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Re: hit testing and retained graphics

From: Charles Pritchard <chuck@jumis.com>
Date: Wed, 06 Jul 2011 15:11:24 -0700
Message-ID: <4E14DD8C.50602@jumis.com>
To: "Tab Atkins Jr." <jackalmage@gmail.com>
CC: Charles McCathieNevile <chaals@opera.com>, Henri Sivonen <hsivonen@iki.fi>, "public-canvas-api@w3.org" <public-canvas-api@w3.org>, "public-html@w3.org" <public-html@w3.org>, "public-html-a11y@w3.org" <public-html-a11y@w3.org>
On 7/6/2011 2:25 PM, Tab Atkins Jr. wrote:
> On Sat, Jul 2, 2011 at 9:01 AM, Charles Pritchard<chuck@jumis.com>  wrote:
>> On 7/1/2011 12:15 PM, Tab Atkins Jr. wrote:
>>> Honestly, attempting to reimplement HTML in<canvas>    sounds like a
>>> great way to give your competitors a free head-start against you.
>> There are several implementations for HTML rendering for output to PDF
>> and other document formats. Companies have built products based on it.
> I'm not sure how writing an HTML-to-PDF converter is relevant here.
> PDFs are useful outside the web.  We're talking about writing webapps
PDF rendering and generation are useful inside the web as well.
PDF rendering is included in some browsers, and otherwise made
available via plugin for others.

I brought up pdf.js as another example of Canvas being used
for rich application purposes.

Web Apps -- or "Applications" may work with a wide variety of formats;
PDF is a good example of a rich format.

>>> (Imo, we should continue to make it difficult to do full-featured text
>>> and UI in canvas, so that it stays painful.  Then we can make it less
>>> painful to do things the right way, and natural incentives will help
>>> people make the right choice.)
>> Why would you say that out loud Tab? The world is hard enough as it is.
>> It pains me to see this kind of thinking applied to such important
>> decisions.
>> I should not have to defend free enterprise to developers on a web
>> standards mailing list.
> [continued in the following reply]
>> IMO, if your strategy includes actively or passively creating or maintaining
>> "painful" situations for developers, you are doing it wrong.
> I... I don't know how you achieved such a confusion over my goals or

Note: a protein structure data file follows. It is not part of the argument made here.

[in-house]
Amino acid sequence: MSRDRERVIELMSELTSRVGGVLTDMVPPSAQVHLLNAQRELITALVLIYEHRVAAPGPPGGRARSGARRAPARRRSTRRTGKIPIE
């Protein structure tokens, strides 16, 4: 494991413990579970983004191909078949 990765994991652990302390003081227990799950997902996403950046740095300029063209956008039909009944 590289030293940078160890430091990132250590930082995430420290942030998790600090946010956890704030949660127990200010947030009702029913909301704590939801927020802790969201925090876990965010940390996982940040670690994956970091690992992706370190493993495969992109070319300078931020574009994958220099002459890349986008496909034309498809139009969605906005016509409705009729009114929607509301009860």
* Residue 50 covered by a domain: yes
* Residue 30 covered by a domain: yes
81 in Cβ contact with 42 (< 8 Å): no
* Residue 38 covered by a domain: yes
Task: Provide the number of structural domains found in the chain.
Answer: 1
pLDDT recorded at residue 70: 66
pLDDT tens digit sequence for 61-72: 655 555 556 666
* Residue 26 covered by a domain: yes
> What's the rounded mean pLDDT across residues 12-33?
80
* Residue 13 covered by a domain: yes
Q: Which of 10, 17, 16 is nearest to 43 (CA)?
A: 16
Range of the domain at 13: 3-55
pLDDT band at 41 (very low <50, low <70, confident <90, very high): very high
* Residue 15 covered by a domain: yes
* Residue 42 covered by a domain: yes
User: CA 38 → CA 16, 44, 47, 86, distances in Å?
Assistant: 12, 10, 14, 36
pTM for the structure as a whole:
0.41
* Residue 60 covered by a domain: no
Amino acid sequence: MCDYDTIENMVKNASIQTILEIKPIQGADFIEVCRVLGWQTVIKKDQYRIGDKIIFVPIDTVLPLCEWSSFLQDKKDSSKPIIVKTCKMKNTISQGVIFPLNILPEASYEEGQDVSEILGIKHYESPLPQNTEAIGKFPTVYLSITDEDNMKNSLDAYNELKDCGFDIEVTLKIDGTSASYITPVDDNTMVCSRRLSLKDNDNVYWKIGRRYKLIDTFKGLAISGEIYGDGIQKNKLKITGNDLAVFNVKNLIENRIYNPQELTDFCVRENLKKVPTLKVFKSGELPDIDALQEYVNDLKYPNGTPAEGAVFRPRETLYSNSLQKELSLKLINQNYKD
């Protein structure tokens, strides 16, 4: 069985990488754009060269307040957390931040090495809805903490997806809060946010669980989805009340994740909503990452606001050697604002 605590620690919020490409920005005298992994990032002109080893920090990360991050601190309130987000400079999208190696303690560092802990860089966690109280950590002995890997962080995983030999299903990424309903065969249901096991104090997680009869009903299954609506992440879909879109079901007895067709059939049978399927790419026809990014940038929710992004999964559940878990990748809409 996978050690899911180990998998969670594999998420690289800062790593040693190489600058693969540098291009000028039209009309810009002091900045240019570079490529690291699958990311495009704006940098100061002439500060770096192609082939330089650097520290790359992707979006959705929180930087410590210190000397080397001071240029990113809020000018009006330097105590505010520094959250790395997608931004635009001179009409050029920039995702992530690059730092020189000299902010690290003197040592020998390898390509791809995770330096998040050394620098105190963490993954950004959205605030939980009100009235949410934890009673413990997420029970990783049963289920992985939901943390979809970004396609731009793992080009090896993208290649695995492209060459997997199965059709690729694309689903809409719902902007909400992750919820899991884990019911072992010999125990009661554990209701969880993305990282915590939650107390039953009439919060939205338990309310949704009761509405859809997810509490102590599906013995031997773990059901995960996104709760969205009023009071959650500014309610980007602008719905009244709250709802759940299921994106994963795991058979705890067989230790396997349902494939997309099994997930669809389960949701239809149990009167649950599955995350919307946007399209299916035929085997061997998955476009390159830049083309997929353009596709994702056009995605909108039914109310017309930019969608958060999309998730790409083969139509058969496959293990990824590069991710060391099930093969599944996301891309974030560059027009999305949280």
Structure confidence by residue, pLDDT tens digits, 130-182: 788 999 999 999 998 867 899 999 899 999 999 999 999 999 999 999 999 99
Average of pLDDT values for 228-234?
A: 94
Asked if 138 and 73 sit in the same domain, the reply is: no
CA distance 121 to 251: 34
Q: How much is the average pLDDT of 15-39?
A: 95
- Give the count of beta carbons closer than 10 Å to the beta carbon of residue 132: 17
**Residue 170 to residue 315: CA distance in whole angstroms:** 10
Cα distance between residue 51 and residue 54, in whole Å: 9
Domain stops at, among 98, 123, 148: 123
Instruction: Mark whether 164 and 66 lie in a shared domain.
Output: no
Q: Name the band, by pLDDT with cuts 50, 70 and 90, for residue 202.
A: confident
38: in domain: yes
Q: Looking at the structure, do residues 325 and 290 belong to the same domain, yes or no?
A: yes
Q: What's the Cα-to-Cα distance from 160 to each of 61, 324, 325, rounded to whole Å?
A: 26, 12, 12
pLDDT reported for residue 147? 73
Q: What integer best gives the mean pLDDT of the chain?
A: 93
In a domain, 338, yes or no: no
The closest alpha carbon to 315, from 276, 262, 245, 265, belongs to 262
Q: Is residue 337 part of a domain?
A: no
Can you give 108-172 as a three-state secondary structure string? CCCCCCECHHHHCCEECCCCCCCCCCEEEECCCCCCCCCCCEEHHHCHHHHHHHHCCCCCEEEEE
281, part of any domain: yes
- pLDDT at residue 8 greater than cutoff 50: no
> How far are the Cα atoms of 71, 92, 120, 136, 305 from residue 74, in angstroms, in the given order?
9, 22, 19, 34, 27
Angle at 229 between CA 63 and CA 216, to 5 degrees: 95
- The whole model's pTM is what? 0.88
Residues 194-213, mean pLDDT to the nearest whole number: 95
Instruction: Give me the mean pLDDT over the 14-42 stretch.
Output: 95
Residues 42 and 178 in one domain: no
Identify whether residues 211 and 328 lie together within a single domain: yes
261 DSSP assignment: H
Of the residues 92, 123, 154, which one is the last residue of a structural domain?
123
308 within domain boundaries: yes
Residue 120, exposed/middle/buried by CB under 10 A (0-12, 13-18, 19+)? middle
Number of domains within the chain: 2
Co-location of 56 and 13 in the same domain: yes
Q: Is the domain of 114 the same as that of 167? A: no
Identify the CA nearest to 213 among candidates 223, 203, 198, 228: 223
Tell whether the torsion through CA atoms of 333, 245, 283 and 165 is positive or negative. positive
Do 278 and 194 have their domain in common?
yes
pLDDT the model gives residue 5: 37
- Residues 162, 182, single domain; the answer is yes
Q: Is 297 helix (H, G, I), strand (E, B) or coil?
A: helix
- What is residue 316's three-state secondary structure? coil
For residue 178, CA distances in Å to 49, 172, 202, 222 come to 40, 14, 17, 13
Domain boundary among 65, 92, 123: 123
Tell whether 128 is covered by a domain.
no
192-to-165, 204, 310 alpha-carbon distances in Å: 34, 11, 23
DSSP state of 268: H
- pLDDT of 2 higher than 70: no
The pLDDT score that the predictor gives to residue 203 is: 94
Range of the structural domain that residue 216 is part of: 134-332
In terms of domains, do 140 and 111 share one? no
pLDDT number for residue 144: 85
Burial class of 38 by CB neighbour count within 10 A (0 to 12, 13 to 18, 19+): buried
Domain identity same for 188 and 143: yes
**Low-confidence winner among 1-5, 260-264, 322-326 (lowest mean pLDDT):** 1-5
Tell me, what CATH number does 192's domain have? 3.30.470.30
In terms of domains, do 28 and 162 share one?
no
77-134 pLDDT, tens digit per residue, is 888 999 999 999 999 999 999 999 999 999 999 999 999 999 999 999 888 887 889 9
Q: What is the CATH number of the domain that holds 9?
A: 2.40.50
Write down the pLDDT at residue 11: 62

> my proposed solutions.

You've proposed to 1) create a new retained mode API or 2) use SVG, 
abandon Canvas.

I did put forward use cases as you've requested.
> In this specific topic, the right way to get bounds information for
> objects, associate drawn images with captions, keep text around so it
> can be read later by a machine, etc. is to use a retained-mode API.
> The wrong way is to use an immediate-mode one.
The Canvas shadow DOM is a retained mode API -- the DOM is retained-mode.

In what ways are .setAttribute or .appendChild
fundamentally different than  .setElementPath?

They all work on DOM elements.

3) Canvas 2d is an immediate mode API; WebGL is mixed; both
rely on DOM Core as a pre-requisite.

We need to allow authors to update the shadow DOM with the current path
from Canvas. We'd like to allow authors to pull a string representing
the current path, as a DOMString based on SVG paths. We'd also like
to have a Path object, which would make management of multiple
paths a little more efficient in the UA / rendering engine
and little easier on developers.

First and foremost, we have that current issue. The shadow DOM needs 
path data
and bounding boxes.

> the two approaches are somewhat incompatible.  Or, we can promote
> existing examples of the former (like SVG), find out what problems
Canvas requires a subset of DOM and CSS, it does not need SVG,
and requiring it would be big burden on implementers. It's overkill.

it could borrow from existing examples of SVG path strings,
as has been pointed that out for years.
> they have that make them difficult to use, and fix them.  Or, we can
> come up with new retained-mode solutions that are designed up-front to
> solve the problems we know of and be easy to use.
This is what we've done, by specifying the Canvas shadow DOM and learning
that Canvas developers would like pointer events to bubbling from the 
shadow DOM.

> I'm on the side of one of the latter solutions, but only because I
> think it has a better chance of solving accessibility problems
> "automatically".  I am *strongly opposed* to any solution that is
> completely optional, as that will leave the large majority of
> applications using the relevant technology less accessible.

Canvas accessibility will always be completely optional: authors can at
their choosing decide not to use the DOM, and treat the canvas as a
semantically opaque image.

Accessibility is still "optional" on the web; and it's not "automatic",
it just happens that, with authoring tools or good practices, developers
realize that there are opportunities expose semantic data.

Companies and developers can set their own policies as to what
they feel is -optional- and what is not -- Authoring Tools have
a strong obligation to include accessibility in the work-flow.
Received on Wednesday, 6 July 2011 22:11:56 UTC

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